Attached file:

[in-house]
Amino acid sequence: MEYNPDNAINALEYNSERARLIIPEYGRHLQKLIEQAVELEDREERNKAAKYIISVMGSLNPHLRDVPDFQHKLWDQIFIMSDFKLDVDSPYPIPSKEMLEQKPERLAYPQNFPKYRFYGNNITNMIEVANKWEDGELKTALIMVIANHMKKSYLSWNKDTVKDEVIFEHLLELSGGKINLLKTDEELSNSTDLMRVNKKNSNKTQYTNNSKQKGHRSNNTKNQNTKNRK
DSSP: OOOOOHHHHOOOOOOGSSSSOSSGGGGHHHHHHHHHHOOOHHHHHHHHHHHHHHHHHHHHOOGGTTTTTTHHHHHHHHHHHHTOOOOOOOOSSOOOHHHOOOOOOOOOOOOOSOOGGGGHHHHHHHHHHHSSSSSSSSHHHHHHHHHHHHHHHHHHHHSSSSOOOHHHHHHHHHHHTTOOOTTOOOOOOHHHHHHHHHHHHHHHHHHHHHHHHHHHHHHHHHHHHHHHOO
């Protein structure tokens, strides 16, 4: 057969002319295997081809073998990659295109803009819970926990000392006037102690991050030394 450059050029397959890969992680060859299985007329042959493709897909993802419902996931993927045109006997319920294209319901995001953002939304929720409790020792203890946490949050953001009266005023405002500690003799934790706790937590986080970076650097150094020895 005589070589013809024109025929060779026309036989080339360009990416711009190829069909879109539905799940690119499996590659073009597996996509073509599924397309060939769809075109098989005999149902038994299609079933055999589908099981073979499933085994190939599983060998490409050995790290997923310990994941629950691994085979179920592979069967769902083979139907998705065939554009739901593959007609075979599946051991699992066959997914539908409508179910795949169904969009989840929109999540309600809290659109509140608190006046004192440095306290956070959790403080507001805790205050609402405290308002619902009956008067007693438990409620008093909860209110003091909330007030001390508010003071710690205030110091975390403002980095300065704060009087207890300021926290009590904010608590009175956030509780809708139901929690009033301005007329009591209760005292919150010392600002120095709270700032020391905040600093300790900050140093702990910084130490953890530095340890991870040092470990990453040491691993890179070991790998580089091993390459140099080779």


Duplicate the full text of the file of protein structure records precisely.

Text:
[in-house]
Amino acid sequence: MEYNPDNAINALEYNSERARLIIPEYGRHLQKLIEQAVELEDREERNKAAKYIISVMGSLNPHLRDVPDFQHKLWDQIFIMSDFKLDVDSPYPIPSKEMLEQKPERLAYPQNFPKYRFYGNNITNMIEVANKWEDGELKTALIMVIANHMKKSYLSWNKDTVKDEVIFEHLLELSGGKINLLKTDEELSNSTDLMRVNKKNSNKTQYTNNSKQKGHRSNNTKNQNTKNRK
DSSP: OOOOOHHHHOOOOOOGSSSSOSSGGGGHHHHHHHHHHOOOHHHHHHHHHHHHHHHHHHHHOOGGTTTTTTHHHHHHHHHHHHTOOOOOOOOSSOOOHHHOOOOOOOOOOOOOSOOGGGGHHHHHHHHHHHSSSSSSSSHHHHHHHHHHHHHHHHHHHHSSSSOOOHHHHHHHHHHHTTOOOTTOOOOOOHHHHHHHHHHHHHHHHHHHHHHHHHHHHHHHHHHHHHHHOO
């Protein structure tokens, strides 16, 4: 057969002319295997081809073998990659295109803009819970926990000392006037102690991050030394 450059050029397959890969992680060859299985007329042959493709897909993802419902996931993927045109006997319920294209319901995001953002939304929720409790020792203890946490949050953001009266005023405002500690003799934790706790937590986080970076650097150094020895 005589070589013809024109025929060779026309036989080339360009990416711009190829069909879109539905799940690119499996590659073009597996996509073509599924397309060939769809075109098989005999149902038994299609079933055999589908099981073979499933085994190939599983060998490409050995790290997923310990994941629950691994085979179920592979069967769902083979139907998705065939554009739901593959007609075979599946051991699992066959997914539908409508179910795949169904969009989840929109999540309600809290659109509140608190006046004192440095306290956070959790403080507001805790205050609402405290308002619902009956008067007693438990409620008093909860209110003091909330007030001390508010003071710690205030110091975390403002980095300065704060009087207890300021926290009590904010608590009175956030509780809708139901929690009033301005007329009591209760005292919150010392600002120095709270700032020391905040600093300790900050140093702990910084130490953890530095340890991870040092470990990453040491691993890179070991790998580089091993390459140099080779």